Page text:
The year-old division has been allocated a budget of Rs10 crore for FY 2021-22. One of the projects undertaken this year is the fifth phase of restoration work at the My Son group of Temples in Vietnam. Archaeologists from the Archaeological Survey of India will travel to Laos soon to help restore the Vat Phou Temple after completing two phases of conservation work. Another team is also readying for leave for Cambodia to start the third phase of work at the Ta Prohm Temple. All three are members of the Association for Southeast Asian Nations or ASEAN with Cambodia and Laos having close contemporary links with China.
Work overseen by the new division includes collaboration with international and national institutions for the preservation of religious sites including temples and manuscript preservation.
India undertaking such conservation efforts is not new. Till date, India has completed more than 50 projects in 25 countries at a cost of almost $50 million. Prior to the creation of the new department, such projects were looked after by desks dealing with particular countries. The new desk is however a single reference point for all such work, aiming to project India’s soft power with a sharper focus abroad.
“This is because as an ancient civilisational state, India’s culture and civilisation has impacted other cultures and civilisations in other geographies like East Asia and also Africa," said a person familiar with the development. “India’s technical expertise in excavation, conservation and cultural management is seen in a positive light and welcomed. It is an important part of our development cooperation."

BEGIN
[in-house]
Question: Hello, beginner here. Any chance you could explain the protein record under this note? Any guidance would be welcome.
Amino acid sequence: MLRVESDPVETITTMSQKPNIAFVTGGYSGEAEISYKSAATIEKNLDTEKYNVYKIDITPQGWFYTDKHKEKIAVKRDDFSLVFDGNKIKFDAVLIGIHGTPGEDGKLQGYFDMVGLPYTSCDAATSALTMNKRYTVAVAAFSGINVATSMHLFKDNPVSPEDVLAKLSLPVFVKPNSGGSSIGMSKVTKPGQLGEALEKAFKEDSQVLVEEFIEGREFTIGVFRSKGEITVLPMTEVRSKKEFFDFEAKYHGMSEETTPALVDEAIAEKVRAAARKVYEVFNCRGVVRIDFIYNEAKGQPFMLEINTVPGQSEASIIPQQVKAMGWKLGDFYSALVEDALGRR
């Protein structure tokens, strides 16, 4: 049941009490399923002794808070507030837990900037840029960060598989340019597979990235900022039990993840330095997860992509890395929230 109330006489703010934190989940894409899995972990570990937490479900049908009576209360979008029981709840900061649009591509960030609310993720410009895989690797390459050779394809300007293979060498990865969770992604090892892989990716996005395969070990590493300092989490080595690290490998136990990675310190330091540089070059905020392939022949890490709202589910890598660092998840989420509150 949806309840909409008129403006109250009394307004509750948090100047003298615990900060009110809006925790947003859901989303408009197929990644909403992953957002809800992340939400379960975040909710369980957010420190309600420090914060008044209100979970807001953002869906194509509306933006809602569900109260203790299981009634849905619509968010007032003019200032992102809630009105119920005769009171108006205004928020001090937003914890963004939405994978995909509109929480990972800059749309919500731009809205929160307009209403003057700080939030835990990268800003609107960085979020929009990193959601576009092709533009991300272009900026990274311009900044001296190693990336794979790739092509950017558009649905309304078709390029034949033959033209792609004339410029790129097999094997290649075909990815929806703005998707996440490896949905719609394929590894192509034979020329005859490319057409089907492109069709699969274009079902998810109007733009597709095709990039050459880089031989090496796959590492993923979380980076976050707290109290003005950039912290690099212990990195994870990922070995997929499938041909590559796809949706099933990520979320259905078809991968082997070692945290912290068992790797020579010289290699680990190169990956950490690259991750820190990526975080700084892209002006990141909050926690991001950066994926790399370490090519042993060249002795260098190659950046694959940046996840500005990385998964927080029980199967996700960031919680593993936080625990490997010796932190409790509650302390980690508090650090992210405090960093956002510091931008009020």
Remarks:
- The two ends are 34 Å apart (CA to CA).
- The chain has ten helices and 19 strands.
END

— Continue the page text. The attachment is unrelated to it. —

Under development cooperation, India extends lines of credit, grants-in-aid, capacity building and technical assistance. “Depending on the priorities of partner countries, India’s development cooperation ranges from commerce to culture, energy to engineering, health to housing, IT to infrastructure, sports to science, disaster relief and humanitarian assistance to restoration and preservation of cultural and heritage assets," says a note on the Indian foreign ministry’s website.
“At present we have 49 projects that are either ongoing or planned in 12 countries and these are worth about ₹1,000 crore," a second person aware of the matter said. Some of the ongoing restoration work is being undertaken at World Heritage sites, the second person cited above said.
According to Harsh V Pant, a professor of international relations at the New Delhi-based Observer Research Foundation think tank, India is investing in the linkages of the past “to leverage them to forge contemporary relations." Some of these were lost linkages and New Delhi is reviving them as India looks to forge new ties for the future, he said.
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